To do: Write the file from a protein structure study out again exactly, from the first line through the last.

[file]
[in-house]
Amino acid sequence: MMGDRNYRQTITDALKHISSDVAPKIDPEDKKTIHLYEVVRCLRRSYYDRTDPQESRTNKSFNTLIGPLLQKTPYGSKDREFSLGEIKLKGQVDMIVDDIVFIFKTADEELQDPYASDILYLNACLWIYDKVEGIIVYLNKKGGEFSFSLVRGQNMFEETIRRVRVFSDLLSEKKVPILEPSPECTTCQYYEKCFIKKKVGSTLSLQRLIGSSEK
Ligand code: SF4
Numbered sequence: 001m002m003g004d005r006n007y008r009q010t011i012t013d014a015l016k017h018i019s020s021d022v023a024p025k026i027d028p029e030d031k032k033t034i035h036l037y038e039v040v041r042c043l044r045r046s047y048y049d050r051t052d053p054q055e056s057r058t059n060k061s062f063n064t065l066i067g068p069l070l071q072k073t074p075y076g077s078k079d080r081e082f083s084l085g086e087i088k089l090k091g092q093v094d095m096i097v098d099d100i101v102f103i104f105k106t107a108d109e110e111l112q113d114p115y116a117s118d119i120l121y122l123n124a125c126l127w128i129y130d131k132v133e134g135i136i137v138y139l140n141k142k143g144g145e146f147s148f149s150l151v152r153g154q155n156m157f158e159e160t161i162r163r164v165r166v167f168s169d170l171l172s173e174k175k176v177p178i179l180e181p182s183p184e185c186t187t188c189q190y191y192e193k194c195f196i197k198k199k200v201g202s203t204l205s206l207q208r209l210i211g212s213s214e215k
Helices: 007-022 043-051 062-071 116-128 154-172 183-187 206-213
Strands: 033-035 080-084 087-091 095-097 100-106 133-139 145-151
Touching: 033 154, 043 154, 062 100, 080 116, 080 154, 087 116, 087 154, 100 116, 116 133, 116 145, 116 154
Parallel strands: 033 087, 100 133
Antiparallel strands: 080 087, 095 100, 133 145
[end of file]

[in-house]
Amino acid sequence: MMGDRNYRQTITDALKHISSDVAPKIDPEDKKTIHLYEVVRCLRRSYYDRTDPQESRTNKSFNTLIGPLLQKTPYGSKDREFSLGEIKLKGQVDMIVDDIVFIFKTADEELQDPYASDILYLNACLWIYDKVEGIIVYLNKKGGEFSFSLVRGQNMFEETIRRVRVFSDLLSEKKVPILEPSPECTTCQYYEKCFIKKKVGSTLSLQRLIGSSEK
Ligand code: SF4
Numbered sequence: 001m002m003g004d005r006n007y008r009q010t011i012t013d014a015l016k017h018i019s020s021d022v023a024p025k026i027d028p029e030d031k032k033t034i035h036l037y038e039v040v041r042c043l044r045r046s047y048y049d050r051t052d053p054q055e056s057r058t059n060k061s062f063n064t065l066i067g068p069l070l071q072k073t074p075y076g077s078k079d080r081e082f083s084l085g086e087i088k089l090k091g092q093v094d095m096i097v098d099d100i101v102f103i104f105k106t107a108d109e110e111l112q113d114p115y116a117s118d119i120l121y122l123n124a125c126l127w128i129y130d131k132v133e134g135i136i137v138y139l140n141k142k143g144g145e146f147s148f149s150l151v152r153g154q155n156m157f158e159e160t161i162r163r164v165r166v167f168s169d170l171l172s173e174k175k176v177p178i179l180e181p182s183p184e185c186t187t188c189q190y191y192e193k194c195f196i197k198k199k200v201g202s203t204l205s206l207q208r209l210i211g212s213s214e215k
Helices: 007-022 043-051 062-071 116-128 154-172 183-187 206-213
Strands: 033-035 080-084 087-091 095-097 100-106 133-139 145-151
Touching: 033 154, 043 154, 062 100, 080 116, 080 154, 087 116, 087 154, 100 116, 116 133, 116 145, 116 154
Parallel strands: 033 087, 100 133
Antiparallel strands: 080 087, 095 100, 133 145